Price, R.H.; Martin, R.J. III; Boyd, P.J.

    1992-01-01

    Previous laboratory investigations of tuff have shown that porosity has a dominant, general effect on mechanical properties. As a result, it is very important for the interpretation of mechanical property data that porosity is measured on each sample tested. Porosity alone, however, does not address all of the issues important to mechanical behavior. Variability in size and distribution of pore space produces significantly different mechanical properties. A nondestructive technique for characterizing the internal structure of the sample prior to testing is being developed and the results are being analyzed. The information obtained from this technique can help in both qualitative and quantitative interpretation of test results

  6. Influence of porosity on mechanical properties of tetragonal stabilized zirconia

    Boccaccini, Dino; Frandsen, Henrik Lund; Soprani, Stefano

    2018-01-01

    3YSZ specimens with variable open porosity (1–57%) were fabricated, and the stiffness, strength and fracture properties (fracture toughness and R-curve) were measured to investigate their potential use as support structures for solid oxide fuel or electrolysis cells. The ball-on-ring test was used...... to characterize Young's modulus and Weibull strength. The variation of fracture toughness with porosity was investigated and modelled using the results from fracture mechanical testing. A distinct R-curve behaviour was observed in dense 3YSZ specimens, in samples with a porosity around 15% and in some...... supports for SOFC/SOECs from a mechanical point of view....

  7. Integrated design of castings: effect of porosity on mechanical performance

    Hardin, R A; Beckermann, C

    2012-01-01

    Porosity can significantly reduce the strength and durability of castings in service. An integrated design approach has been developed where casting simulation is combined with mechanical performance simulations. Predictions of the porosity distribution from the casting process simulation are transferred to and used in stress and fatigue life simulations. Thus, the effect of casting quality on service performance can be evaluated. Results of a study are presented where the measured porosity distribution in cast steel specimens is transferred to an elasto-plastic finite-element stress analysis model. Methods are developed to locally reduce the mechanical properties according to the porosity present, without having to resolve individual pores. Plastic deformation is modeled using porous metal plasticity theory. The predictions are compared to tensile measurements performed on the specimens. The complex deformations and the reductions in the ductility of the specimens due to porosity are predicted well. The predicted stresses are transferred to a fatigue analysis code that takes the porosity distribution into account as well. The measured and predicted fatigue lives are also in good agreement. Finally, the results of a case study are presented that illustrate the utility of the present integrated approach in optimizing the design of a steel casting.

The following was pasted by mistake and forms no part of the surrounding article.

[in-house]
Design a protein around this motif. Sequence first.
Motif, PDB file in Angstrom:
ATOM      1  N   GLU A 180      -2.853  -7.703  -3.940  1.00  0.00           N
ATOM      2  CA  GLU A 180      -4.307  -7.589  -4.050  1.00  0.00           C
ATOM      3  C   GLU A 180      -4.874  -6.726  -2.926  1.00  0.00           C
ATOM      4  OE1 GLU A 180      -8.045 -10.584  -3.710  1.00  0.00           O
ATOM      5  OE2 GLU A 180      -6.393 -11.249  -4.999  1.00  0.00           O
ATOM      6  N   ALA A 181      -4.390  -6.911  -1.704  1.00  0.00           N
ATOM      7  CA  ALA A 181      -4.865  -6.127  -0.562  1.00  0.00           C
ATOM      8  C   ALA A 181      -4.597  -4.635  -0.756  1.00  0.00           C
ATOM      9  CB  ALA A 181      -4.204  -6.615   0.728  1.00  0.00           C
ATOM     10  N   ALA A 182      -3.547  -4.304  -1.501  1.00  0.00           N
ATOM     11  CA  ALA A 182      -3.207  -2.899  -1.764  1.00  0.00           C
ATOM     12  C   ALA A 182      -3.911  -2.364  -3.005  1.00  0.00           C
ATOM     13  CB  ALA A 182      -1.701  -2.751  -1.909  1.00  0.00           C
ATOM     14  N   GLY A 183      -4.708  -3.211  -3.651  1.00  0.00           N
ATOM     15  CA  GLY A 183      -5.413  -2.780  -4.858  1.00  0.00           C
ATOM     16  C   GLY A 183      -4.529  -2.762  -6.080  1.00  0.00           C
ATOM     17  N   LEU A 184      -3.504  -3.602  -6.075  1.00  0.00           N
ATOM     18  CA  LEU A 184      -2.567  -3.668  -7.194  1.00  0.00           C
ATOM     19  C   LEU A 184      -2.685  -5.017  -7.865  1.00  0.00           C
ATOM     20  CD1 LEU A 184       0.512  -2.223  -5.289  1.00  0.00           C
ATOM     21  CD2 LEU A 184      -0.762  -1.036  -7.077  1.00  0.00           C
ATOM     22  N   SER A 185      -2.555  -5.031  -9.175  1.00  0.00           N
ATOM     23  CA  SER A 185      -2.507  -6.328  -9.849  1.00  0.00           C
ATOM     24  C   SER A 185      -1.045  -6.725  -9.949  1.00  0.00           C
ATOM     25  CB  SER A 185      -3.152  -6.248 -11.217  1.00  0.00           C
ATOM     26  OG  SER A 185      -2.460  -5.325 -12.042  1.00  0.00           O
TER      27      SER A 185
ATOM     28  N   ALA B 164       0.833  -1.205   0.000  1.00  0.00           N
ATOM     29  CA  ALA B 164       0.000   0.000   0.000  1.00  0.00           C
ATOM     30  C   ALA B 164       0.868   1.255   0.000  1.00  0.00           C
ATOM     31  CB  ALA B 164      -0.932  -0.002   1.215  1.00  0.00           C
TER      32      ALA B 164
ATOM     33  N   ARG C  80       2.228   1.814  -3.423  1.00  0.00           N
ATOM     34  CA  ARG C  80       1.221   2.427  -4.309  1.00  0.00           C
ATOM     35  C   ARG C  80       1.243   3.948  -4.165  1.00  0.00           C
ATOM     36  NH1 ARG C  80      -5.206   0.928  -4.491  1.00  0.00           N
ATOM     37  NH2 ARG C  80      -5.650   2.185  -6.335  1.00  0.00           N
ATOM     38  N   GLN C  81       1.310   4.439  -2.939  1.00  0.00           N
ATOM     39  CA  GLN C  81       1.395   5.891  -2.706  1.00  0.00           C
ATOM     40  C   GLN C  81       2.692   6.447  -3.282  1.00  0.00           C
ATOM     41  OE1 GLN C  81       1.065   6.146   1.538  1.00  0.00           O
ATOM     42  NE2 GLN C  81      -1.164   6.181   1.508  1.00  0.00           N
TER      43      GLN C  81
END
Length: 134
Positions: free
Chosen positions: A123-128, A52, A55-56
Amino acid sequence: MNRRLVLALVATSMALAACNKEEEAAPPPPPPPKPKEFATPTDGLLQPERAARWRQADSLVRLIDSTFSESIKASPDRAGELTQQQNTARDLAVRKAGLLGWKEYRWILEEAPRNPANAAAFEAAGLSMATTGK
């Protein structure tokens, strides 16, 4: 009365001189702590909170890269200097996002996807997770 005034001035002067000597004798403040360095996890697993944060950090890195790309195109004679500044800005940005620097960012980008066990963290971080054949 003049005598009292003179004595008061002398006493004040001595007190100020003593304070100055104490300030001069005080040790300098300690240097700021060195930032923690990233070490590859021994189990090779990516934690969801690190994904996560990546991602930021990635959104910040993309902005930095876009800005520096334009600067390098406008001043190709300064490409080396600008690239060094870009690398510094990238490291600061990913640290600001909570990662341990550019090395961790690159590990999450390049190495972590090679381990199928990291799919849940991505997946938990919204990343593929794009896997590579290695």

8. Effect of shrinkage porosity on mechanical properties of ferritic ductile iron

    Wang Zehua

    2013-05-01

    Full Text Available Casting defects could largely affect the mechanical properties of casting products. A number of test pieces made of ductile iron (EN-GJS-400-18-LT with different levels of shrinkage porosity were prepared and then tensile and fatigue tests were performed to investigate the impact of shrinkage porosity on their mechanical properties. The results showed that the tensile strength decreases linearly with increasing of the shrinkage porosity. The tensile elongation decreases sharply with the increase of the shrinkage porosity mainly due to the non-uniform plastic deformation. The fatigue life also dramatically declines with increasing of the porosity and follows a power law relationship with the area percentage of porosity. The existence of the shrinkage porosity made the fatigue fracture complex. The shrinkage pores, especially those close to the surface usually became the crack initiation sites. For test pieces with less porosity, the fatigue fracture was clearly composed of crack initiation, propagation, and overloading. While for samples with high level of porosity, multiple crack initiation sites were observed.

  9. Porosity and mechanical properties of amorphous alloys

    Betekhtin, V.I.; Kadomtsev, A.G.; Amosova, O.V.

    2003-01-01

    The obtained experimental data on the effect of the inherent submicroporosity and its change under impact of high hydrostatic pressure or annealing on the strength, microdestruction, embrittlement temperature, the first crystallization stage and peculiarities of the surface crystallization of the amorphous alloys are analyzed. The conclusion is made on the basis of the studies on the peculiarities of the voluminous and surface crystallization of the Fe 56 Co 24 Si 5 B 15 , Fe 78 Ni 2 Si 8 B 12 , Fe 85 B 15 , Fe 58 Ni 20 Si 9 B 13 amorphous alloys that the increase in the inherent submicroporosity is one of the essential factors facilitating crystallization [ru